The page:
lime
I. noun Etymology: Middle English, from Old English līm; akin to Old High German līm birdlime, Latin limus mud, slime, and perhaps to Latin linere to smear Date: before 12th century 1. birdlime 2. a. a caustic highly infusible solid that consists of calcium oxide often together with magnesium oxide, that is obtained by calcining forms of calcium carbonate (as shells or limestone), and that is used in building (as in mortar and plaster) and in agriculture — called also quicklime b. a dry white powder consisting essentially of calcium hydroxide that is made by treating quicklime with water c. calcium <
carbonate of lime
>
II. transitive verb (limed; liming) Date: 13th century 1. to smear with a sticky substance (as birdlime) 2. to entangle with or as if with birdlime 3. to treat or cover with lime <
lime the lawn in the spring
>
III. adjective Date: 15th century of, relating to, or containing lime or limestone IV. noun Etymology: alteration of Middle English lind, from Old English; akin to Old High German linta linden Date: 1625 a linden tree; especially linden 1a V. noun Etymology: Middle French, from Spanish lima, from Arabic līma, līm Date: 1583 1. the small globose yellowish green fruit of a widely cultivated spiny tropical Asian citrus tree (Citrus aurantifolia) with a usually acid juicy pulp used as a flavoring agent and as a source of vitamin C 2. a tree that bears limes

New Collegiate Dictionary. 2001.

Synonyms:

Look at other dictionaries:

  • lime — lime …   Dictionnaire des rimes

  • limé — limé …   Dictionnaire des rimes

  • lime — 1. (li m ) s. f. 1°   Outil de fer ou plutôt d acier garni d aspérités régulièrement disposées, et qui sert à polir, à couper le fer, etc. •   On conte qu un serpent, voisin d un horloger, Entra dans sa boutique, et, cherchant à manger, N y… …   Dictionnaire de la Langue Française d'Émile Littré

  • Lime — Lime, n. [AS. l[=i]m; akin to D. lijm, G. leim, OHG. l[=i]m, Icel. l[=i]m, Sw. lim, Dan. liim, L. limus mud, linere to smear, and E. loam. [root]126. Cf. {Loam}, {Liniment}.] 1. Birdlime. [1913 Webster] Like the lime That foolish birds are caught …   The Collaborative International Dictionary of English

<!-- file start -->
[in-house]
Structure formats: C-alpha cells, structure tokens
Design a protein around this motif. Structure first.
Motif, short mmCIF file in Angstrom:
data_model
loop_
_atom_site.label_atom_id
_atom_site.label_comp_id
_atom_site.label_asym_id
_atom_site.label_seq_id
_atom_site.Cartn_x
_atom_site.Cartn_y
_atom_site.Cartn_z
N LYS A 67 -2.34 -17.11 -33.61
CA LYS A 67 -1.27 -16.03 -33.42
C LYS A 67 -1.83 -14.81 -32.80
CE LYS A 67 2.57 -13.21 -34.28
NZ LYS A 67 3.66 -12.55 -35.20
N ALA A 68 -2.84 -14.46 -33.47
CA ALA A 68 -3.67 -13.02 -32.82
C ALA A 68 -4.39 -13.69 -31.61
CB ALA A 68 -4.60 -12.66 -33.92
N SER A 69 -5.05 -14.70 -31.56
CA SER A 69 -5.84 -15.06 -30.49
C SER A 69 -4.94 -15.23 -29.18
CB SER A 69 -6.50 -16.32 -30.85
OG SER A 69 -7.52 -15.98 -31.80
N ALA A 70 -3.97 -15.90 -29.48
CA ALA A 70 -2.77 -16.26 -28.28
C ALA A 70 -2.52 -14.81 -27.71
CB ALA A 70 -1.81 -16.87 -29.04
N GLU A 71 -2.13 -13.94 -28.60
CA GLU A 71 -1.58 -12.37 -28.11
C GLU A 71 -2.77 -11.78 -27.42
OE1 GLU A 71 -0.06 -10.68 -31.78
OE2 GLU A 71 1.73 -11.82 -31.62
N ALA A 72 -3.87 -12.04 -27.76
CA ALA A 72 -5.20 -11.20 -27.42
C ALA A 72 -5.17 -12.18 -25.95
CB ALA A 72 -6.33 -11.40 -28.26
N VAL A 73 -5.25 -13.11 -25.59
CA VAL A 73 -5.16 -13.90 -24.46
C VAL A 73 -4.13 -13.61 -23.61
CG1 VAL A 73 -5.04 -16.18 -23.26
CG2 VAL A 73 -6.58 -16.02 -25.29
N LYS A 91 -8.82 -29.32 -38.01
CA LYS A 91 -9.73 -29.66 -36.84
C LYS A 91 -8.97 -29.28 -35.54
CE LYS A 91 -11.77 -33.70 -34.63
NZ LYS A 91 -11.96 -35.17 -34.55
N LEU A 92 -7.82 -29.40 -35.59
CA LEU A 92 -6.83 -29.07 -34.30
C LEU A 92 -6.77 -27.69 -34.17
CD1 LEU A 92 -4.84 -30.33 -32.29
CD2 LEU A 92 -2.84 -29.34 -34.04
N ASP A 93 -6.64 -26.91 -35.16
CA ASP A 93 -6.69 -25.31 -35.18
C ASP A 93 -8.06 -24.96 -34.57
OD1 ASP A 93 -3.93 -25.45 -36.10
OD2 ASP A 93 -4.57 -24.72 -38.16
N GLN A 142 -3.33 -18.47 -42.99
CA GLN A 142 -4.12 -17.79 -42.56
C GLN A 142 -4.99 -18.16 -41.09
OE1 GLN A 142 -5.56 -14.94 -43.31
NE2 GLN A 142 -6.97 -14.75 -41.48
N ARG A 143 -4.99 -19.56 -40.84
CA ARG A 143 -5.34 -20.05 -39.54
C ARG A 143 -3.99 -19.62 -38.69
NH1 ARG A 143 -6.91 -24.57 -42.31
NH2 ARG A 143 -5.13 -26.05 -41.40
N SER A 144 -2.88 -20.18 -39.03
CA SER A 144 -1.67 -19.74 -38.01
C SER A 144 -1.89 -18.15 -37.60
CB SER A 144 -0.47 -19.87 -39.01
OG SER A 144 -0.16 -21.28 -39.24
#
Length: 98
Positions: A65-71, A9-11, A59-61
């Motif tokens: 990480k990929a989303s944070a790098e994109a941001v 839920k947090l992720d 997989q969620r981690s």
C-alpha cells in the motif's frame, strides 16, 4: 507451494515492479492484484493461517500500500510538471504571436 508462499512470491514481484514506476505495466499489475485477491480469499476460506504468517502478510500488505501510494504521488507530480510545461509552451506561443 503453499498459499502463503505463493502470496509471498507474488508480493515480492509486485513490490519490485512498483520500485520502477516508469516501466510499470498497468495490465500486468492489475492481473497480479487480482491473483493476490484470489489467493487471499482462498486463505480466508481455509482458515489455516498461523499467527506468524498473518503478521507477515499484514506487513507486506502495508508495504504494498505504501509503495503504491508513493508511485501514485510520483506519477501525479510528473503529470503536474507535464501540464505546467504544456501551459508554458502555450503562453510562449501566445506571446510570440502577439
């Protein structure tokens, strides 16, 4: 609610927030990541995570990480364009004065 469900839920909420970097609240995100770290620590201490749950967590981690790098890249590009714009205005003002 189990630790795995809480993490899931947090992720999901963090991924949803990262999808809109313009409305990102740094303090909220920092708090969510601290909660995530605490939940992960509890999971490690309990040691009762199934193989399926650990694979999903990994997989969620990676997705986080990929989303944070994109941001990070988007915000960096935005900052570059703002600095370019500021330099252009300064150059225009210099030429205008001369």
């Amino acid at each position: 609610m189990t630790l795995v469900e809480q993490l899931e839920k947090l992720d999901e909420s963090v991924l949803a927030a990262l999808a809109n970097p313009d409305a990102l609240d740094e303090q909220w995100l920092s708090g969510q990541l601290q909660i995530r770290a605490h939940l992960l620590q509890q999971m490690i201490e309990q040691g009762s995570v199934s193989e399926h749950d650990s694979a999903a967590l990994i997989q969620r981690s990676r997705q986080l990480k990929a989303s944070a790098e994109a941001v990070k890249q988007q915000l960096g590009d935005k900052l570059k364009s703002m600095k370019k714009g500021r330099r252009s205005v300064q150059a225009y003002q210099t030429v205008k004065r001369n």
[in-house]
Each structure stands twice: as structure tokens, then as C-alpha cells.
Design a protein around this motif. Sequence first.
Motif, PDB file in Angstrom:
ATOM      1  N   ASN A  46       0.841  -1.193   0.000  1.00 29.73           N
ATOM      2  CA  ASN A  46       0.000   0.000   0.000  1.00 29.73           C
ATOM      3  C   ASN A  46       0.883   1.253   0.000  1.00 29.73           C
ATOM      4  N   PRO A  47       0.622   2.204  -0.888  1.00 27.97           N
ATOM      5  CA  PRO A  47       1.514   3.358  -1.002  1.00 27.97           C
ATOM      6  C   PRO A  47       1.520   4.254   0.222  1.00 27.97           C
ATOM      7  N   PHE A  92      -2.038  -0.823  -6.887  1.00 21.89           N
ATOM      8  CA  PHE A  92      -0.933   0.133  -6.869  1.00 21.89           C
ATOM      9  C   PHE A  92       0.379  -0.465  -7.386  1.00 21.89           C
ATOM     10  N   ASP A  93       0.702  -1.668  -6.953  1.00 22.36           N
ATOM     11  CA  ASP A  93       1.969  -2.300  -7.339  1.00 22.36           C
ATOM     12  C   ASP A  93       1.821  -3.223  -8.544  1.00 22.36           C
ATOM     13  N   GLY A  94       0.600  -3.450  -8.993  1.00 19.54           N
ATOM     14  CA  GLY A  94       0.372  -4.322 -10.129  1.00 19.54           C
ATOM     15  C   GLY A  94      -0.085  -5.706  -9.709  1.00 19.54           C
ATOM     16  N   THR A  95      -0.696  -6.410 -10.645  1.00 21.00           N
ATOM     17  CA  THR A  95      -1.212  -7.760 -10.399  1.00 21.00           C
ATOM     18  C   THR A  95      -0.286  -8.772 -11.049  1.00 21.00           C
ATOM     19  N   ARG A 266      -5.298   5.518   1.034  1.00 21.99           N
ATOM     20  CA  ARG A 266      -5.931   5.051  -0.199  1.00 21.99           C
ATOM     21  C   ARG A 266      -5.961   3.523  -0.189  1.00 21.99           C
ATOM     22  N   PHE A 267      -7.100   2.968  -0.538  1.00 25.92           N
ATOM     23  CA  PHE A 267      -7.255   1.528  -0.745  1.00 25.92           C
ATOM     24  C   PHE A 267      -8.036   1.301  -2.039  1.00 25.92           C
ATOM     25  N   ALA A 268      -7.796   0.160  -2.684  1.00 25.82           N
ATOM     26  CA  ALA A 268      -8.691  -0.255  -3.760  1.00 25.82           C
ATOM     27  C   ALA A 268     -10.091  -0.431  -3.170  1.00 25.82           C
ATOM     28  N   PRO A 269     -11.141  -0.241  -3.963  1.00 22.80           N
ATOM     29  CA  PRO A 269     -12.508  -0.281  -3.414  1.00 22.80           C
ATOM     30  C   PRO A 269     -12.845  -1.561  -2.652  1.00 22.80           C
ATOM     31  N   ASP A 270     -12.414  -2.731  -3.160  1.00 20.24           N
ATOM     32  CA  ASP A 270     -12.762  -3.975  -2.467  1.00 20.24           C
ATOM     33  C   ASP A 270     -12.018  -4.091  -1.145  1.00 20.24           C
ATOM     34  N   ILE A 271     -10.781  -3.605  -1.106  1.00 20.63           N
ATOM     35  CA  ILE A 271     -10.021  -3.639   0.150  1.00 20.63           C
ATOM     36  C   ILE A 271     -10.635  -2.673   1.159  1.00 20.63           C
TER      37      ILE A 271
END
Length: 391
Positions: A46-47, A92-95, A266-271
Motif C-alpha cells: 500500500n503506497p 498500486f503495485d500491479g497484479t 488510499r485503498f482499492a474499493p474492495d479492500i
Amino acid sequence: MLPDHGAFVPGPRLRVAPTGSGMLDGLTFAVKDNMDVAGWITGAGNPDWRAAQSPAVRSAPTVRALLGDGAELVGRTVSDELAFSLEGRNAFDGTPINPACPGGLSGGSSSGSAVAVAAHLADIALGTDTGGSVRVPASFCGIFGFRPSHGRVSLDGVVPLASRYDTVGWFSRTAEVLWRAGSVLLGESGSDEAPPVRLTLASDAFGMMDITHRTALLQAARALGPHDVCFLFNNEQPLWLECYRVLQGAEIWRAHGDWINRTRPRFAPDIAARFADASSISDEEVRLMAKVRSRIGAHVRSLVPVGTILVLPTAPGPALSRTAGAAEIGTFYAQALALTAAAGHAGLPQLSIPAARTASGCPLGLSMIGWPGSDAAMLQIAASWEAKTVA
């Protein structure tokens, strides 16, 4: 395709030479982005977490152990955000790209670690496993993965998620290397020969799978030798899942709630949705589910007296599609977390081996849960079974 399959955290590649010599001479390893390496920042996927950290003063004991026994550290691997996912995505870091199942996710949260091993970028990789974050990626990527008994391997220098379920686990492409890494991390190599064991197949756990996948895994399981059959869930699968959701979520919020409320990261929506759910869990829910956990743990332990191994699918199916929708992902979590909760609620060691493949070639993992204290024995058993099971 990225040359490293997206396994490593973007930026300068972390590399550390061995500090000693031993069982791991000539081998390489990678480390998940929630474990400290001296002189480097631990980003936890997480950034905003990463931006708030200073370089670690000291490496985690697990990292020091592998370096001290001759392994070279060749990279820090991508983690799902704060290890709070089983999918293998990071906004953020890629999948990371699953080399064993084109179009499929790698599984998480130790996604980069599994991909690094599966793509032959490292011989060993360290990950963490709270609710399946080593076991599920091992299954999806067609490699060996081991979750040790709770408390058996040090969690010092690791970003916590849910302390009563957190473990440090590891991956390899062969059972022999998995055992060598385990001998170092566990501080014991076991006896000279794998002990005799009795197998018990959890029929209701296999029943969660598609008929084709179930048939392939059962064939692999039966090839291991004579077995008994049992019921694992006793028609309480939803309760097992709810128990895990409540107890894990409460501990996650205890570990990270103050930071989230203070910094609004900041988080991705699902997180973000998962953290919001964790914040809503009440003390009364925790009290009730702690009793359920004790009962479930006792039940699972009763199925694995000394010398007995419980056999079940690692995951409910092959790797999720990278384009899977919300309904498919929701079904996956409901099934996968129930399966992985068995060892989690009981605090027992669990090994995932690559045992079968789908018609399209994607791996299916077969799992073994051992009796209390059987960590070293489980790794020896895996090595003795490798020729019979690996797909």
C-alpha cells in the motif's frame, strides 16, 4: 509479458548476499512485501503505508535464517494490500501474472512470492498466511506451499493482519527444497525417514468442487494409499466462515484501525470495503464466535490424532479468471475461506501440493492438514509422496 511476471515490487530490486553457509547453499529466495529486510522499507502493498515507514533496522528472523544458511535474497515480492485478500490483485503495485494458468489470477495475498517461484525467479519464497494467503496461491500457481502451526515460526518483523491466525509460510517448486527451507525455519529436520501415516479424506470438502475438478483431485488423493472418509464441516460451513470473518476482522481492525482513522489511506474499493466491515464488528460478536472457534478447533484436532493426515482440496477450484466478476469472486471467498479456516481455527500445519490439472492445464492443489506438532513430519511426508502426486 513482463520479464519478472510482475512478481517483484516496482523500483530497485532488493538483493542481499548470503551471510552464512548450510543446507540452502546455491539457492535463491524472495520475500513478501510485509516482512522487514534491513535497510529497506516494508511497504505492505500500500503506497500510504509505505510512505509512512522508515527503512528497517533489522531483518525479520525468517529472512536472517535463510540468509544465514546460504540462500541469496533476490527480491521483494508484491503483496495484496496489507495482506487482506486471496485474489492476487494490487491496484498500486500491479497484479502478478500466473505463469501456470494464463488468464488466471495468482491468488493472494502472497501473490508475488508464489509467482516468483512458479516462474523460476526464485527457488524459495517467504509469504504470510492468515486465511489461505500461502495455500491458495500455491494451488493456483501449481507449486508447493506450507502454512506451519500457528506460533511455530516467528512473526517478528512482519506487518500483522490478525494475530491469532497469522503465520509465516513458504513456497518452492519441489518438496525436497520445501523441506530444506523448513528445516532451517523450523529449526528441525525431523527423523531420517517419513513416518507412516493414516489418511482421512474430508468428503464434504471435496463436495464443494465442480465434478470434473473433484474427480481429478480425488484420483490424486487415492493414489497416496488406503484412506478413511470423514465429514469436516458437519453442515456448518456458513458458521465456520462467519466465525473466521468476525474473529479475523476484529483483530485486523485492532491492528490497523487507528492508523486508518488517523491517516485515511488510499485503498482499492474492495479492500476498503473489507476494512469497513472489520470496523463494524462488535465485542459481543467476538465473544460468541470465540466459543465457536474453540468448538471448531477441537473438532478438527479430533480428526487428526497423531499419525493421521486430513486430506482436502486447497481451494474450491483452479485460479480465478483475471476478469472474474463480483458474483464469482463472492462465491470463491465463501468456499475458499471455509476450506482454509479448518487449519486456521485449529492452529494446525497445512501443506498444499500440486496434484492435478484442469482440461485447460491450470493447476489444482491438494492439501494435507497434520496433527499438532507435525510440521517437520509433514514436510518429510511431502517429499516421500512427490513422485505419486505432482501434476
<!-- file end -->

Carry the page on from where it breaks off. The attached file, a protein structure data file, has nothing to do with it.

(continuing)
• Lime — Lime, v. t. [imp. & p. p. {Limed} (l[imac]md); p. pr. & vb. n. {Liming}.] [Cf. AS. gel[=i]man to glue or join together. See {Lime} a viscous substance.] 1. To smear with a viscous substance, as birdlime. [1913 Webster] These twigs, in time, will… …   The Collaborative International Dictionary of English

  • lime — Ⅰ. lime [1] ► NOUN 1) quicklime, slaked lime, or any salt or alkali containing calcium. 2) archaic birdlime. ► VERB ▪ treat with lime. DERIVATIVES limy adjective …   English terms dictionary

  • Lime — Lime, n. [F. lime; of Persian origin. See {Lemon}.] 1. (Bot.) The fruit of the {Citrus aurantifolia}, allied to the lemon, but greener in color; also, the tree which bears it. Note: The term lime was formerly also applied to variants of the… …   The Collaborative International Dictionary of English

  • Lime — puede referirse a: Limé, una localidad y comuna de Francia. Lime (grupo), un grupo canadiense de música electrónica y Disco. Lime (anime), género en que se muestra de forma más implícita que en el Lemon las relaciones sexuales. Lime (sistema… …   Wikipedia Español

  • lime — [ laım ] noun * ▸ 1 fruit with green skin ▸ 2 white substance ▸ 3 lime green color ▸ 4 drink made from limes ▸ 5 linden tree 1. ) count or uncount a fruit with a hard green skin and sour juice that grows on a lime tree: a slice of lime 2. )… …   Usage of the words and phrases in modern English

  • limé — limé, ée (li mé, mée) part. passé de limer. Travaillé à la lime. Fer limé.    Fig. Poli, corrigé. Ouvrage trop limé …   Dictionnaire de la Langue Française d'Émile Littré

  • lime — (l[imac]m ), a. having a yellowish green color like that of the lime (the fruit). [PJC] …   The Collaborative International Dictionary of English

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